Monday 2011-02-21

From Stone Street Advisors' take on Paulson's testimony to the Financial Crisis Inquiry Commission:

Their research approach was pretty straight-forward: Focus on subprime, where they were amazed at how low quality the underwriting was, and how low the credit characteristics were on the loans. They found the average FICO was around 630, and over half of the loans were for cash-out refi?s, which were based on appraised, not sales prices (so ?value? could be manipulated). For many of these loans, LTV was very, very high, 80, 90, 100% with many of them concentrated in California (no surprise there). Close to have of the mortgages they looked at were of the stated-income, no-doc variety.

Those who did report incomes had D/I ratios of > 40% before taxes and insurance. 80% of them were ARMs, so-called 2/28?s with teaser rates around 6-7% for those first 2 years, but after they reset, the rates were L+ 600bps which at the point would have doubled the interest rate on these loans, and Paulson & Co thought there was very little ? if any ? chance borrowers would be able to afford the higher payments.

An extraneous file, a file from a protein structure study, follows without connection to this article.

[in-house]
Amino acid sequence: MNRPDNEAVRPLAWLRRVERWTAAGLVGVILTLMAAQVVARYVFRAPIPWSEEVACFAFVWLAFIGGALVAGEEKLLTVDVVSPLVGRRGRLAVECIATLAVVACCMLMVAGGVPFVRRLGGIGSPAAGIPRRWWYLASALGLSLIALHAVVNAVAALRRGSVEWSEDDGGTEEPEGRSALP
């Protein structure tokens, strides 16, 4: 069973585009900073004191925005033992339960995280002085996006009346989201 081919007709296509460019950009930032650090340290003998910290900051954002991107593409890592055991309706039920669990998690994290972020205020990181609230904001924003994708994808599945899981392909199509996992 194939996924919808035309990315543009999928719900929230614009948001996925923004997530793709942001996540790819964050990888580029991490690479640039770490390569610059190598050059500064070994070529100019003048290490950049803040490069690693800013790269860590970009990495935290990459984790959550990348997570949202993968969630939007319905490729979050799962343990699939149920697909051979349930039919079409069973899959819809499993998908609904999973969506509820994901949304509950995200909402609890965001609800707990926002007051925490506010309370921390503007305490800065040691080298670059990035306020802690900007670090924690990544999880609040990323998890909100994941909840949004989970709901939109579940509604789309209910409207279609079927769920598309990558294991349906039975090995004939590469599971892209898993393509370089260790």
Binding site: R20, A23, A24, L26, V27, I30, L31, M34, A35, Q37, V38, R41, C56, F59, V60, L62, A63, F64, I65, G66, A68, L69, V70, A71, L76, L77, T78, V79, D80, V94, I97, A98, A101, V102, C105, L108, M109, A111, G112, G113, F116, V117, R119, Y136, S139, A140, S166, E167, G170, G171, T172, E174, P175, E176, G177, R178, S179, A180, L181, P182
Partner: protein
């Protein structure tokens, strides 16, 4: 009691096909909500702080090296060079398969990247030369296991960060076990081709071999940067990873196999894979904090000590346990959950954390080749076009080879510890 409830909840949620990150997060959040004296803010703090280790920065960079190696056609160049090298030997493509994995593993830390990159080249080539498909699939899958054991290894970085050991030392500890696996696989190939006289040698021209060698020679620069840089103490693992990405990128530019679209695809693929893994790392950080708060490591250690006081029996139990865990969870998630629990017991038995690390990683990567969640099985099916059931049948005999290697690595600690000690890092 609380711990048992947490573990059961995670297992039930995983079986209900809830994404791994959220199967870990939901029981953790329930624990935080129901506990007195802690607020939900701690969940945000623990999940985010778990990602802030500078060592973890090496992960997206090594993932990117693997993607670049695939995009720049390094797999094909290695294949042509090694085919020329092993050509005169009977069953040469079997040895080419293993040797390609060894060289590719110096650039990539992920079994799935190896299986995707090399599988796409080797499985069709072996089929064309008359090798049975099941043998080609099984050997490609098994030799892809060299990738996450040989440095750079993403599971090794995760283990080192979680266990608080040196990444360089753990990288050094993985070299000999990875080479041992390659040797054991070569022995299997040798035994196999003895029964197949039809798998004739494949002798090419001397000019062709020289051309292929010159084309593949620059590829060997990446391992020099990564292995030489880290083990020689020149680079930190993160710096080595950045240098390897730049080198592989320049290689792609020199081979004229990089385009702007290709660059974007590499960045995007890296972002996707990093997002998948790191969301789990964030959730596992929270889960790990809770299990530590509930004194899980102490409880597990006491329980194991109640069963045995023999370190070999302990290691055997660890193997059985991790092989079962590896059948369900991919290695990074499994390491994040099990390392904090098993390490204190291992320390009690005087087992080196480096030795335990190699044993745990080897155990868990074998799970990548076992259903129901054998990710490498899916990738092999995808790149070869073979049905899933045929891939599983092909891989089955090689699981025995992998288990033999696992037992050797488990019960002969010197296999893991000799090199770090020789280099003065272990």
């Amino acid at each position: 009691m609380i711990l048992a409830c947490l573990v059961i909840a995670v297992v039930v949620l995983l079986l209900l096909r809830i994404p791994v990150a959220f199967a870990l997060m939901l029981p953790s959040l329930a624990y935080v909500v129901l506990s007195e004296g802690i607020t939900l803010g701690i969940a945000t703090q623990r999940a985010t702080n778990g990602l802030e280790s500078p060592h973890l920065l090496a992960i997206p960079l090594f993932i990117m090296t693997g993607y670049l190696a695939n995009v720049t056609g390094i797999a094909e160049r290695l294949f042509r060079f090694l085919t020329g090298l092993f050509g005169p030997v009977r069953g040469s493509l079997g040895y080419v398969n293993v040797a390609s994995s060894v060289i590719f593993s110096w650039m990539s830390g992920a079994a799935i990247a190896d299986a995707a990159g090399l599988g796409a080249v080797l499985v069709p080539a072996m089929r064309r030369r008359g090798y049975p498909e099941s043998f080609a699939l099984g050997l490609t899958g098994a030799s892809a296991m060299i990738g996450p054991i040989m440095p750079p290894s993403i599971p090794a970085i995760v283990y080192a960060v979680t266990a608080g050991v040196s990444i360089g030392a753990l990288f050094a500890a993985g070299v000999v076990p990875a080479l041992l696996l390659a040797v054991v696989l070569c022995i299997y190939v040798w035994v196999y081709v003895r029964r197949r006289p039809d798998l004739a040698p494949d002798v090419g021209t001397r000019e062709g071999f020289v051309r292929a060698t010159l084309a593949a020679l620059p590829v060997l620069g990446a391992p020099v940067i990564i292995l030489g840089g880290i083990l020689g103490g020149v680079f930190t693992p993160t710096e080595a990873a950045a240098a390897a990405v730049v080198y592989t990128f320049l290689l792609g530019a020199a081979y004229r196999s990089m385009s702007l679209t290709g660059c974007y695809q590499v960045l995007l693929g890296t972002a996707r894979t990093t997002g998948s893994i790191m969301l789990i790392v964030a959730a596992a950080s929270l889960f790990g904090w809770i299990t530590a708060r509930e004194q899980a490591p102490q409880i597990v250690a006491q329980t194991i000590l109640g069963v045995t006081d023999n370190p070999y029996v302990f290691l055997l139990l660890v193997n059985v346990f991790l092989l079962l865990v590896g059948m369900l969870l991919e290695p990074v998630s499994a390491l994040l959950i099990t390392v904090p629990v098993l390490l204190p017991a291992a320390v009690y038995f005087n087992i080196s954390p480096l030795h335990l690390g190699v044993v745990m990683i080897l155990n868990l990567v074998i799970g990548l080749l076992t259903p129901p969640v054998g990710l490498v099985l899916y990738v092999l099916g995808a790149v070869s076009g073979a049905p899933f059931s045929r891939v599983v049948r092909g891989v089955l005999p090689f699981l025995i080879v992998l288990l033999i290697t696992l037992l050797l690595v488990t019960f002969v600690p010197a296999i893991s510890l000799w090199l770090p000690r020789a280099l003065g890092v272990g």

Once the rates reset, the only thing these borrowers could do would be to sell, refinance, or default. These were people spending > 40% of their gross income on their mortgages already, once the rate jumped up after the teaser period, they expected that many borrowers would simply default, and the price of the RMBS into which these loans were securitized would fall drastically, while the price of the protection (CDS, etc) Paulson bought on them would skyrocket.

Paulson also made a distinction missed by many if not most: Everyone was looking at nominal home price appreciation, but real appreciation numbers were much different. Going back 25+ years using real growth rates, they found that prices had never appreciated nearly as quickly as they had from 2000-2005, and that this trend was unlikely to continue for much longer, i.e. there would be a correction and then mean reversion. Their thought was that once this correction came about, because of the poor mortgage quality and questionable assumptions/structures in mortgage securities, losses would be much worse than estimated.

Does research help you build a better model of reality? Paulson certainly thinks so.